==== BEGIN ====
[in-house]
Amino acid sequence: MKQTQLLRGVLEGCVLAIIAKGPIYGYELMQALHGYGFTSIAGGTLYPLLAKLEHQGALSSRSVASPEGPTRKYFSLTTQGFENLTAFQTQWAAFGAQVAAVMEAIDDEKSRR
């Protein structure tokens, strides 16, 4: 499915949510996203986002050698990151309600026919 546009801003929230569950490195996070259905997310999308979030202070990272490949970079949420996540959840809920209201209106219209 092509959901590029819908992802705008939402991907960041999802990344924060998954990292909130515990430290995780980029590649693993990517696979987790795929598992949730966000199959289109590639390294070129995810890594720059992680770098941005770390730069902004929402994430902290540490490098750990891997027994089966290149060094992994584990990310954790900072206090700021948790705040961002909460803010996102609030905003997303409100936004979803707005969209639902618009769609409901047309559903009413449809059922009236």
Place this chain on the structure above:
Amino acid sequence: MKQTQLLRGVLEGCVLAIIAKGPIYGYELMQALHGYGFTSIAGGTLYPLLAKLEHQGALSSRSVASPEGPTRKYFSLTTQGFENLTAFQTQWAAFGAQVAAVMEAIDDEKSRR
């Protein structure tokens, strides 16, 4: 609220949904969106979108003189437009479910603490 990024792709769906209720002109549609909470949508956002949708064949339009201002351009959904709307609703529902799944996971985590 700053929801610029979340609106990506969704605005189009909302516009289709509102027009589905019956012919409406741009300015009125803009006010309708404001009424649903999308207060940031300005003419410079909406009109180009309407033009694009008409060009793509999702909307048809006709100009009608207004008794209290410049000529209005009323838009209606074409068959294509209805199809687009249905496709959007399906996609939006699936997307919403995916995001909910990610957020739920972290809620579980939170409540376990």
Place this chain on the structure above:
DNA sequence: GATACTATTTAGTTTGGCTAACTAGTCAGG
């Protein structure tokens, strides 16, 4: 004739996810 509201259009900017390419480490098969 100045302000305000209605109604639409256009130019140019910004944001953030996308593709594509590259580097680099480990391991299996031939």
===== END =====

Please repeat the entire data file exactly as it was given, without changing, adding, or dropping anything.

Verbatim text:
[in-house]
Amino acid sequence: MKQTQLLRGVLEGCVLAIIAKGPIYGYELMQALHGYGFTSIAGGTLYPLLAKLEHQGALSSRSVASPEGPTRKYFSLTTQGFENLTAFQTQWAAFGAQVAAVMEAIDDEKSRR
């Protein structure tokens, strides 16, 4: 499915949510996203986002050698990151309600026919 546009801003929230569950490195996070259905997310999308979030202070990272490949970079949420996540959840809920209201209106219209 092509959901590029819908992802705008939402991907960041999802990344924060998954990292909130515990430290995780980029590649693993990517696979987790795929598992949730966000199959289109590639390294070129995810890594720059992680770098941005770390730069902004929402994430902290540490490098750990891997027994089966290149060094992994584990990310954790900072206090700021948790705040961002909460803010996102609030905003997303409100936004979803707005969209639902618009769609409901047309559903009413449809059922009236």
Place this chain on the structure above:
Amino acid sequence: MKQTQLLRGVLEGCVLAIIAKGPIYGYELMQALHGYGFTSIAGGTLYPLLAKLEHQGALSSRSVASPEGPTRKYFSLTTQGFENLTAFQTQWAAFGAQVAAVMEAIDDEKSRR
């Protein structure tokens, strides 16, 4: 609220949904969106979108003189437009479910603490 990024792709769906209720002109549609909470949508956002949708064949339009201002351009959904709307609703529902799944996971985590 700053929801610029979340609106990506969704605005189009909302516009289709509102027009589905019956012919409406741009300015009125803009006010309708404001009424649903999308207060940031300005003419410079909406009109180009309407033009694009008409060009793509999702909307048809006709100009009608207004008794209290410049000529209005009323838009209606074409068959294509209805199809687009249905496709959007399906996609939006699936997307919403995916995001909910990610957020739920972290809620579980939170409540376990």
Place this chain on the structure above:
DNA sequence: GATACTATTTAGTTTGGCTAACTAGTCAGG
């Protein structure tokens, strides 16, 4: 004739996810 509201259009900017390419480490098969 100045302000305000209605109604639409256009130019140019910004944001953030996308593709594509590259580097680099480990391991299996031939």